MIAMI (AP) —Five-year-old Lucy the Labradoodle's back limbs have been rendered unusable by rheumatoid arthritis, and she must scoot along the ground with her front paws to grab a bone. Her owners believe that a costly stem-cell treatment is the reason she's even lived as long as she has.
In fact, they say, she seems to be improving. She no longer yelps or whimpers in pain, and she needs far less medicine than before. Lucy's owners credit the stem cell treatment, despite what experts say is a lack of evidence such treatments work.
"We didn't think she'd live anywhere near this long, and I know it's because of the stem cells," says owner Carol Fischman, 57, of Vero Beach.
Thousands of dogs and horses with degenerative arthritis have had stem cell treatments, costing around $2,500 to $3,000 per procedure. There are no independent studies verifying their effectiveness, and some experts say such studies are needed to assess their potential.
University of Florida veterinarian Kristin Kirkby, who performed Lucy's procedure, said that the outcomes on five similar treatments have all been positive. But that's from owner-reported results, not scientific scrutiny.
Owners tell her their dogs have an easier time getting around the house and getting into position to urinate. Mostly, they just report their dogs appear to be more comfortable overall.
To get hard results, Kirkby says the university plans to start taking a pain inventory of each animal at the beginning of the process, followed by an evaluation and checkups afterward to measure changes.
"I think it's an exciting field. Undoubtedly the future of scientific research is going this way," Kirkby said. "It's early on, especially in the small animal side, to know what the results can be."
Vet-Stem, a California company, is developing the stem cell therapy and began treating horses in 2003. It derives stem cells from fat samples taken from dogs and horses across the country.
The procedure has been used mainly to treat osteoarthritis, which involves loss of cartilage in the joints, but Vet-Stem is researching treatments for other diseases. Vet-Stem claims the therapy enables animals to replace cartilage and other tissue.
Since 2003, the privately held company has treated 3,500 horses and 1,500 dogs and plans to begin treating cats later this year. More than 1,500 vets are licensed to use the procedure.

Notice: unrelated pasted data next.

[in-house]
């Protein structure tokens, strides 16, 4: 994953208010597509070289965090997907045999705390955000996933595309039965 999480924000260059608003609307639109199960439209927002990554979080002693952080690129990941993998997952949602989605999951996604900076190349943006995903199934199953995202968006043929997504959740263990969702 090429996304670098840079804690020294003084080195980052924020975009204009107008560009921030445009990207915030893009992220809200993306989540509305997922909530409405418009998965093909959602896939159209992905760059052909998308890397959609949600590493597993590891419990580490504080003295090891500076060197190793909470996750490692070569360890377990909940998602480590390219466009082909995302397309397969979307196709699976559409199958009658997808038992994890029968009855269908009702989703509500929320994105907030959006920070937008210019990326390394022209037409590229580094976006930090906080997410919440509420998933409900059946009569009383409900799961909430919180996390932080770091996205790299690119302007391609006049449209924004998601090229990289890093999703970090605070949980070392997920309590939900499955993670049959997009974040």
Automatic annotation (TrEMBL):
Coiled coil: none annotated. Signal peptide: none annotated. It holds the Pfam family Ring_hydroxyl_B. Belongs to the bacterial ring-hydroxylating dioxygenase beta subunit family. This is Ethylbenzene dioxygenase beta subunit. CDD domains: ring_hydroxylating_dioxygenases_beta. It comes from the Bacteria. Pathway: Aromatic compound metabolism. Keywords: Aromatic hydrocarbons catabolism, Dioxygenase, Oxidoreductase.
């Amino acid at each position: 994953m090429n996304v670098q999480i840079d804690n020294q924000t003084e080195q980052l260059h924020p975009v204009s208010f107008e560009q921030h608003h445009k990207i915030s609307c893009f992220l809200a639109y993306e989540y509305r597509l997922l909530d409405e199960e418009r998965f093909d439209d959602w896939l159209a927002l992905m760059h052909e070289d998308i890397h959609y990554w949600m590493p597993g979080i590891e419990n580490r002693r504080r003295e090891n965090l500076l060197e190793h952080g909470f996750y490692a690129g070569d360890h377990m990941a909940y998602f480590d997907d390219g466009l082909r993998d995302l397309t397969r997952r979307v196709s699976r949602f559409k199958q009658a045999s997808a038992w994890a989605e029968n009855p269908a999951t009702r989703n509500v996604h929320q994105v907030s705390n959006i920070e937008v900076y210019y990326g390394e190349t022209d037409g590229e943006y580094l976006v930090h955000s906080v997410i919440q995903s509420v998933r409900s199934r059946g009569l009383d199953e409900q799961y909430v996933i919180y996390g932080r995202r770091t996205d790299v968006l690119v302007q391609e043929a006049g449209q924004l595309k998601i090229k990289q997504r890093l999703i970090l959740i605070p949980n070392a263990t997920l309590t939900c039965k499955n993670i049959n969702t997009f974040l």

Dr. Bob Harman, veterinarian and Vet-Stem founder, said it made sense to use these fat-based adult stem cells, which the body uses to create scar tissue and repair damage, to treat chronic disease in animals.
"Really, all we're doing is harnessing the existing repair machinery in the body, concentrating it, and putting it right where an injury occurs, where healing is needed, to heal naturally," he said
Adam Gassel has used stem cells to treat almost 40 dogs at his Irvine, California, veterinary clinic during the past two years.
"I was pretty skeptical," he said. "I was hoping that dogs would just be more comfortable."
But for about 25 percent of dogs, their owners report they are like puppies again, able to get back to normal activities, he said. Another 25 percent are able to stop taking medicines they were dependent upon. In all, Gassel said, all but 20 percent of the animals show some positive response to the therapy, according to their owners and the requests for pain medicine.
One peer-reviewed study by researchers at Cornell University, published in the American Journal of Veterinary Research and sponsored in part by Vet-Stem, found that tendinitis in horses was improved by injection of the adult stem cells.
Two other studies published in Veterinary Therapeutics found that dogs with osteoarthritis showed improvements in lameness after stem cell injections. Those studies also were sponsored by Vet-Stem and conducted by Vet-Stem researchers and other veterinarians.
Jonathan Slack, director of the University of Minnesota's Stem Cell Research Institute, said adult stem cells from fat can become cartilage in a laboratory cell culture. Conclusive results on whether the stem-cell injection process actually makes new bone cells in animals don't exist, to his knowledge.
"I guess from the dog's point of view," Slack said, "it's good if it does work."
Whatever the scientific merits of the therapies, Lucy's owners say they would do it again for the Labradoodle — a cross between a standard poodle and a Labrador.
She's had her stem cell treatments through an IV three times, and the Fischmans want to give her a fourth one soon, despite the $3,000-per-procedure cost.
"I like the dog as much as I like my kids," said Dr. Charles Fischman, 59, who is an immunologist. "People will spend more on their dogs than they will on themselves."
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